A leading U.S. health-care company was facing competitive and financial pressures from its inability to react to changes in the marketplace. A diagnosis revealed shortcomings in its organizational structure and governance, and the company decided to implement a new operating model. In the midst of detailed design, a new CEO and leadership team took over. The new team was initially skeptical, but was ultimately convinced that a solid case for change, grounded in facts and supported by the organization at large, existed. Some adjustments were made to the speed and sequence of implementation, but the fundamentals of the new operating model remained unchanged.
10. Speak to the individual. Change is both an institutional journey and a very personal one. People spend many hours each week at work; many think of their colleagues as a second family. Individuals (or teams of individuals) need to know how their work will change, what is expected of them during and after the change program, how they will be measured, and what success or failure will mean for them and those around them. Team leaders should be as honest and explicit as possible. People will react to what they see and hear around them, and need to be involved in the change process. Highly visible rewards, such as promotion, recognition, and bonuses, should be provided as dramatic reinforcement for embracing change. Sanction or removal of people standing in the way of change will reinforce the institution’s commitment.
Most leaders contemplating change know that people matter. It is all too tempting, however, to dwell on the plans and processes, which don’t talk back and don’t respond emotionally, rather than face up to the more difficult and more critical human issues. But mastering the “soft” side of change management needn’t be a mystery.

  •  

Sample list of colleges, our clients have attended.

Process Overview

Continual Professional Development

We provide comprehensive continual professional development to professional associations auch as The Irish Law Society, Institute of Engineers of Ireland, The Royal Institute of the Architects of Ireland and Association of Chartered Certified Accountants and other leading professional associations.

Questions to ask Yourself

Drop us your email

In return, as a valued client, we will provide you with discount vouchers on select upcoming programmes. You will also receive advance purchase notification on "high demand" master class programmes.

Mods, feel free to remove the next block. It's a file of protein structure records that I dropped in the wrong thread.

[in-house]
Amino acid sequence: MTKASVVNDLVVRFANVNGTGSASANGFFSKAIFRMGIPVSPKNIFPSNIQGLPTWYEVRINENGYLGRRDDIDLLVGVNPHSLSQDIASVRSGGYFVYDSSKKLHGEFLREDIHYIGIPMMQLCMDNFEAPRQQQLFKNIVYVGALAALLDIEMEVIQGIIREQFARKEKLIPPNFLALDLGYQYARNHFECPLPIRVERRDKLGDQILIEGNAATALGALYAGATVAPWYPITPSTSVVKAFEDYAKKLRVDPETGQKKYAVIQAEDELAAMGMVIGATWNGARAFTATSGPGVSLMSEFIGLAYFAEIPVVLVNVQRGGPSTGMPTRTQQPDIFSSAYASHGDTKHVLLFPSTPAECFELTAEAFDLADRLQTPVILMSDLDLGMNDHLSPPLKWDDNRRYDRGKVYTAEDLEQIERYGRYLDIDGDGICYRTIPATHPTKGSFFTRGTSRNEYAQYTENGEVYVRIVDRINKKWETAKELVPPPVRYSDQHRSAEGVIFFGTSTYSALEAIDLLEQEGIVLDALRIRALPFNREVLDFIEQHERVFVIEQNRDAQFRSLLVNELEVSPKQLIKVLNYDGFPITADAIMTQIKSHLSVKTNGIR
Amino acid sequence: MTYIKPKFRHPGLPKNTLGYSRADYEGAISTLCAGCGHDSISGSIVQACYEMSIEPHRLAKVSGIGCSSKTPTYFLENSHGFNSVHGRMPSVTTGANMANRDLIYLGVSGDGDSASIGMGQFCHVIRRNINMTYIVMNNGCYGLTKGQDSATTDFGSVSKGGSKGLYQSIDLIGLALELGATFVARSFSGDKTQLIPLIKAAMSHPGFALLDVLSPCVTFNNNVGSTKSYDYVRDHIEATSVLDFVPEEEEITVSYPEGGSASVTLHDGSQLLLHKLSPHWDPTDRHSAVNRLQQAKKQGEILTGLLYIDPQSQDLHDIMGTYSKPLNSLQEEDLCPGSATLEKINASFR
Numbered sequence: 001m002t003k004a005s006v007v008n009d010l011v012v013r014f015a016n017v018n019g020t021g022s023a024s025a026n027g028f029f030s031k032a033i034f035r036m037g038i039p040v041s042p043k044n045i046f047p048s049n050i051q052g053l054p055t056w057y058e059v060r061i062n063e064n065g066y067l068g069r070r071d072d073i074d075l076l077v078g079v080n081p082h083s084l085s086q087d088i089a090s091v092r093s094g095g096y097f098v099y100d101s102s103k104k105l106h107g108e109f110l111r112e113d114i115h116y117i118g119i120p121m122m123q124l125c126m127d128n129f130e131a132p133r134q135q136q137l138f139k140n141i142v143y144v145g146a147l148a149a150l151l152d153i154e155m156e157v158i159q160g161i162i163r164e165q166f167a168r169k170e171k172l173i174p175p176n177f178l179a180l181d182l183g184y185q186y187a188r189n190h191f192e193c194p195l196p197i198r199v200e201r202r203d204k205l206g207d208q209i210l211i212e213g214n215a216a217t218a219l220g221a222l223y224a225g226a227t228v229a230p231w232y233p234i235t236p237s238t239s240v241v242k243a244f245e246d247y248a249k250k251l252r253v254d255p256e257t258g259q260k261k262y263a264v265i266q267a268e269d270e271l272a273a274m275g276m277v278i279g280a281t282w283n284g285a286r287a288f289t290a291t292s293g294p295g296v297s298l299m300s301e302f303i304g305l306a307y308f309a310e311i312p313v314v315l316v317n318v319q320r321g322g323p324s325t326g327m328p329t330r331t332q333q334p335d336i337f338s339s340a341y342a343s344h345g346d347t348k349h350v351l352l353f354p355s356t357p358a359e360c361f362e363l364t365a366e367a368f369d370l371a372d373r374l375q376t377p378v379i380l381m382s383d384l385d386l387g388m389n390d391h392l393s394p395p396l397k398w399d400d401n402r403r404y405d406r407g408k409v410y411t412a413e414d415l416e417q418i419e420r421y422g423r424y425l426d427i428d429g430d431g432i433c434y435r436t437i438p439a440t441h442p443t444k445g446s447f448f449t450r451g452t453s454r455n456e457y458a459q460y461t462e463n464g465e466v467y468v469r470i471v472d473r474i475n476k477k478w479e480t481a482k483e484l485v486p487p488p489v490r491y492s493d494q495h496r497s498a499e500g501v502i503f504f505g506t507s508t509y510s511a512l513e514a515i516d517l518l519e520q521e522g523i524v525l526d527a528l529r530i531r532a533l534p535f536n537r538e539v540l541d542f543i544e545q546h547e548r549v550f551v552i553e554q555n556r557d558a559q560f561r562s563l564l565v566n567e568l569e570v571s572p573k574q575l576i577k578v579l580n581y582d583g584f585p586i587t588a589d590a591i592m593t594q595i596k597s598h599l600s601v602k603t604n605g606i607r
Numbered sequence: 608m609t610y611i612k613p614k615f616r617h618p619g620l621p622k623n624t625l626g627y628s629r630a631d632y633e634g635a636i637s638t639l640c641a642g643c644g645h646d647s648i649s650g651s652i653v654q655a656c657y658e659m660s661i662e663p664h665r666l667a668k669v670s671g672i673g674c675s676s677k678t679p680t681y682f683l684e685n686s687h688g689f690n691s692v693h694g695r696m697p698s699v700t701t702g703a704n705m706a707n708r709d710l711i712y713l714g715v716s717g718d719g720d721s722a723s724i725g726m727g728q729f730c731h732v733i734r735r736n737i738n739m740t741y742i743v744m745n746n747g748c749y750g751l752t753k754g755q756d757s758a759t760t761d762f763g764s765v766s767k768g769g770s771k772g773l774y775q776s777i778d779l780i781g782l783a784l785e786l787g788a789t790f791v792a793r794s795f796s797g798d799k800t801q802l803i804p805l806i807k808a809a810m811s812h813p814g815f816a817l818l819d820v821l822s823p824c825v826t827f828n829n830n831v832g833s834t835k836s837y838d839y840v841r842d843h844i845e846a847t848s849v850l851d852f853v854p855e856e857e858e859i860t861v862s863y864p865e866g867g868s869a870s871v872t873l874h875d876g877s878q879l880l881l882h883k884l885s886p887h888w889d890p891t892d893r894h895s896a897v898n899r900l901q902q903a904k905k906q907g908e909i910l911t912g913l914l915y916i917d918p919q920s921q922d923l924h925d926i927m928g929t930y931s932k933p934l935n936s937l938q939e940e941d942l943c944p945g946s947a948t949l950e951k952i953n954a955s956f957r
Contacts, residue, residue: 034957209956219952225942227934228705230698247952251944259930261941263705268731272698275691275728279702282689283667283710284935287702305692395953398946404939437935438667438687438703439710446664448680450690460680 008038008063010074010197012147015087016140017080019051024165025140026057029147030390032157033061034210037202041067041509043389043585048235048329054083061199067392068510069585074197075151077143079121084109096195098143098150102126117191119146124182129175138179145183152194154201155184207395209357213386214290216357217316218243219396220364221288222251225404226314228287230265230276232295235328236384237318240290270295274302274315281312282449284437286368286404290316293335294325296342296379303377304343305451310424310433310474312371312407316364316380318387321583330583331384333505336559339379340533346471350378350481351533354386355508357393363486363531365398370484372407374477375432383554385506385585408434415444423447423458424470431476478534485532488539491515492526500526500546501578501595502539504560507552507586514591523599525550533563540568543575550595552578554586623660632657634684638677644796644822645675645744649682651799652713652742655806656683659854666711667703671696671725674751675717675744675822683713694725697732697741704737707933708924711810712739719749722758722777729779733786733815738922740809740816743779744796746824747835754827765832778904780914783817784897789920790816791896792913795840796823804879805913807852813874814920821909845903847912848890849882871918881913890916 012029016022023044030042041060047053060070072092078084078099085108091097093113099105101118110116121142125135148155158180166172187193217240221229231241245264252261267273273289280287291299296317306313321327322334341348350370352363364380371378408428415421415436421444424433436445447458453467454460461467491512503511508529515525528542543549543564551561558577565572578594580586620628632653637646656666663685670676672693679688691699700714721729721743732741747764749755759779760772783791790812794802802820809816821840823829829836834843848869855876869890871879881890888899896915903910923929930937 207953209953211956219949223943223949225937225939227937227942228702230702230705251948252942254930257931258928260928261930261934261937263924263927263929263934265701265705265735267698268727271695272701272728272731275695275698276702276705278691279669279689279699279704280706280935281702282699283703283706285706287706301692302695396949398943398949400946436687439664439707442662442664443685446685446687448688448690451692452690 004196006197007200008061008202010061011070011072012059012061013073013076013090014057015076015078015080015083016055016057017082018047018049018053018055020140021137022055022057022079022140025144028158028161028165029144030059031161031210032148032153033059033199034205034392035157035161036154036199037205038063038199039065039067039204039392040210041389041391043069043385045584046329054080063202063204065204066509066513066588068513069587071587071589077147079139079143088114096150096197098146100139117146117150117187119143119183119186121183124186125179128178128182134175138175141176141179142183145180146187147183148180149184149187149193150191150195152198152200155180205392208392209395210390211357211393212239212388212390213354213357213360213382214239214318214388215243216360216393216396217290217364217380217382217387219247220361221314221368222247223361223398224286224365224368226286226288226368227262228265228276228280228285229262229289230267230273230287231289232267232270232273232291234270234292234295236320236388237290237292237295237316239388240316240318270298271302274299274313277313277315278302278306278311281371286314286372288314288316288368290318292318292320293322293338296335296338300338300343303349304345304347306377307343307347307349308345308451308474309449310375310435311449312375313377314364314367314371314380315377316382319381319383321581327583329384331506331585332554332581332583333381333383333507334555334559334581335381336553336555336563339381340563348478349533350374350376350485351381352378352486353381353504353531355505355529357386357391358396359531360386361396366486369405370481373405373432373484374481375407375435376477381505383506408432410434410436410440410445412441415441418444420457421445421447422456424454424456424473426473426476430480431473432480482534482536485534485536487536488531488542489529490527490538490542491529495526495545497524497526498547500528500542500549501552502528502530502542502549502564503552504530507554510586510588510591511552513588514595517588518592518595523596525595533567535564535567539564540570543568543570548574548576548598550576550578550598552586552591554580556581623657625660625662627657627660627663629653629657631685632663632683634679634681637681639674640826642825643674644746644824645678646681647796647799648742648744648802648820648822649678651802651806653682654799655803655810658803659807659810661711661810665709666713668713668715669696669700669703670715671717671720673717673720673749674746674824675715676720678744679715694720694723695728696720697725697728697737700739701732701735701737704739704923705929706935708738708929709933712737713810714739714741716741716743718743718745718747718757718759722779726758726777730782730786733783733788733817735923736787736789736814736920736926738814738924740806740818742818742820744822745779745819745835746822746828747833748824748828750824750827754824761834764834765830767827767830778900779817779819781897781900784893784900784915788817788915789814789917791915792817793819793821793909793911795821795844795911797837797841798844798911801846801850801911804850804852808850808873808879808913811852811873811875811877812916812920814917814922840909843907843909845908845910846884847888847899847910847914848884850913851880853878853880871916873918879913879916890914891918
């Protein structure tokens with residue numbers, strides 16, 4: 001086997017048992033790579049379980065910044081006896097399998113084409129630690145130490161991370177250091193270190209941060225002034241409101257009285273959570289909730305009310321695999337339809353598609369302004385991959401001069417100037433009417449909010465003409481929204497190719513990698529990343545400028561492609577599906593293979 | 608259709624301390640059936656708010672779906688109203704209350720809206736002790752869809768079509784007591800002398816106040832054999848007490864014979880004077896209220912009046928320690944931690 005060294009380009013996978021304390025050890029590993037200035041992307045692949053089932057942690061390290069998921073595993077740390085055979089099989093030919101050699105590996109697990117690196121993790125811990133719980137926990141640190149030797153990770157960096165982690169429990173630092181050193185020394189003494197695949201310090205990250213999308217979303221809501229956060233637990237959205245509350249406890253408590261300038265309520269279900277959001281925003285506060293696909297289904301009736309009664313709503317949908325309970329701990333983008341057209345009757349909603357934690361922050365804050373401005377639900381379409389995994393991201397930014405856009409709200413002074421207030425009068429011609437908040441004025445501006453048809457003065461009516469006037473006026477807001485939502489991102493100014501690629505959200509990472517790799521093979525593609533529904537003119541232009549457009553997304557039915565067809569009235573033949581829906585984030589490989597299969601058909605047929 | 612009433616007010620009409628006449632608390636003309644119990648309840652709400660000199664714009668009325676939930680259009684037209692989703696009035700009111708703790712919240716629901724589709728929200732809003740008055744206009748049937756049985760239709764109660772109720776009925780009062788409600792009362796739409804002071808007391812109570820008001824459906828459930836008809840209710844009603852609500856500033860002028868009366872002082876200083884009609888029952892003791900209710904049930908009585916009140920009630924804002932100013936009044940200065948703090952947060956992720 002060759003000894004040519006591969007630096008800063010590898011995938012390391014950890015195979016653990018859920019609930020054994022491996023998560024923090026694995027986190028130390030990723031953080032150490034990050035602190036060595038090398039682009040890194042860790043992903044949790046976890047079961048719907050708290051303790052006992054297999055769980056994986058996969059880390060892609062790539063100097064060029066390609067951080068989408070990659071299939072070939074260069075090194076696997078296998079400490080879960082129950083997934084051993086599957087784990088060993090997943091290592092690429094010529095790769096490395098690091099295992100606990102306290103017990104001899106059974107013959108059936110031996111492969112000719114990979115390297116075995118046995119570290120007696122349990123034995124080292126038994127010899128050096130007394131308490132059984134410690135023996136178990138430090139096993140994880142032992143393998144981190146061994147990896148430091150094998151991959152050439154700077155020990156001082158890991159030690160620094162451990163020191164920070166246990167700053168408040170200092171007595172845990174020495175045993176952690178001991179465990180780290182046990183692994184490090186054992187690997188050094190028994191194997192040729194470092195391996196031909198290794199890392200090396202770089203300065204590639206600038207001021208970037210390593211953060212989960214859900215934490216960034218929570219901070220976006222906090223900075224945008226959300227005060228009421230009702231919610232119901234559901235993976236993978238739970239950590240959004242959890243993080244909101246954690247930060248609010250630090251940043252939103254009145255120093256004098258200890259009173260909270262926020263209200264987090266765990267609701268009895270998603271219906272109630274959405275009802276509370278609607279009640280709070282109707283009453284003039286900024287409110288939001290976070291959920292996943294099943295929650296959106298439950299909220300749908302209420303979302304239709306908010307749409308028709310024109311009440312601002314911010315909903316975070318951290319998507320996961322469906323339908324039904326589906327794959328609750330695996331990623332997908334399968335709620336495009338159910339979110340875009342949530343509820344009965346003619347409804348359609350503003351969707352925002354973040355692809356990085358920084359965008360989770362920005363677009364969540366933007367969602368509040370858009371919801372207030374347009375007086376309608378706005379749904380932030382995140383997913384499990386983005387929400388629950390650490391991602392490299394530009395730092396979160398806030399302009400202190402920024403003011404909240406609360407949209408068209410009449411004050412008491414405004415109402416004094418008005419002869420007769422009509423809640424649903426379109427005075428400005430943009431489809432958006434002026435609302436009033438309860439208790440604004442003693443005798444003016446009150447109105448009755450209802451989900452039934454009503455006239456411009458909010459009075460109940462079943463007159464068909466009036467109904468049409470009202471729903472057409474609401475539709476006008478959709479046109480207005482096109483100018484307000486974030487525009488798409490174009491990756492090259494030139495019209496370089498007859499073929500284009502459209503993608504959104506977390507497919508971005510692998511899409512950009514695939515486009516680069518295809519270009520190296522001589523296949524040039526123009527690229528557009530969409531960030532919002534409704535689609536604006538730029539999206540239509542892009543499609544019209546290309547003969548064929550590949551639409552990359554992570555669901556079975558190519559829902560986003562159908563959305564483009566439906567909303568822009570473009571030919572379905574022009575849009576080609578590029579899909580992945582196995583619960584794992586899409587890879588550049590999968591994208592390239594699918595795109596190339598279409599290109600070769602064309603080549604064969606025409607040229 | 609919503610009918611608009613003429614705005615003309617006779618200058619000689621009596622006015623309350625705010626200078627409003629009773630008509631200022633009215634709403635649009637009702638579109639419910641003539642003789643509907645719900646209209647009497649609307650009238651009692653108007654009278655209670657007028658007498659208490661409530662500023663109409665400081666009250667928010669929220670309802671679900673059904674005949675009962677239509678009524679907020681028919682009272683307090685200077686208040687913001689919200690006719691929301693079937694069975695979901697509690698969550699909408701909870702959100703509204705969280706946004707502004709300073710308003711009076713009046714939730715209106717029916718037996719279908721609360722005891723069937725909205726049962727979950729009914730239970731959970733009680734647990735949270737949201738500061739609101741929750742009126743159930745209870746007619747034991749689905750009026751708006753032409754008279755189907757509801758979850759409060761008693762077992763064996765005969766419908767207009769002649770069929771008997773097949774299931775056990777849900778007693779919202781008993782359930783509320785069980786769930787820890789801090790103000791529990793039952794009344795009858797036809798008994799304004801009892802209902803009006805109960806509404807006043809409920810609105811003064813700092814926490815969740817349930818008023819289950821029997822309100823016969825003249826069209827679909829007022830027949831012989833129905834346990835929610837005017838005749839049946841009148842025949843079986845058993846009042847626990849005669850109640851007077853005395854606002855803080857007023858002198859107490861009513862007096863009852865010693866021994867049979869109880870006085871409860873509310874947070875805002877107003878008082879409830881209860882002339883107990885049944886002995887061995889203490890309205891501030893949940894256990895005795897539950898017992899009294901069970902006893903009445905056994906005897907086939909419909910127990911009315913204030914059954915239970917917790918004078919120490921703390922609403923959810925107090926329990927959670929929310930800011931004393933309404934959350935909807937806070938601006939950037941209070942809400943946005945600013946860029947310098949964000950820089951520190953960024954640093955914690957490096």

Email:




Please note that we take your privacy seriously

Specialist Training

If you are a Corporate entity, SME, or a "not for profit" organisation with a specific niche training requirement, please contact us.

With our extensive national and world-wide network of training consultants, we are able to identify, source and fully arrange your training completely in line with your requirements.

Strategic Management

Strategic Management

We are very proud to deliver the only short course on strategic management available in Ireland. This course has been designed to be delivered in house and is specifically tailored for the Irish multi national IDA high value manufacturing and services sector. The programme is delivered over 20 hours as an integrated format over modules decided by the client. Strategy only works when everyone is on the same page and for this reason we offer this programme for each management forum to take advantage of this unique opportunity. It is fundamental knowledge that companies that have a strong foundation and understanding of strategy and how it shapes future sustainable success are the business units that achieve prolonged success within the greater company structure. Simply put, the business unit that talks the language of the CEO attracts the greatest interest and capital input. Success is always built on strategy. See a sample of our strategic training work.
Providing management solutions and training through consultancy contracts in operations and HR management.
Website by: Déise Design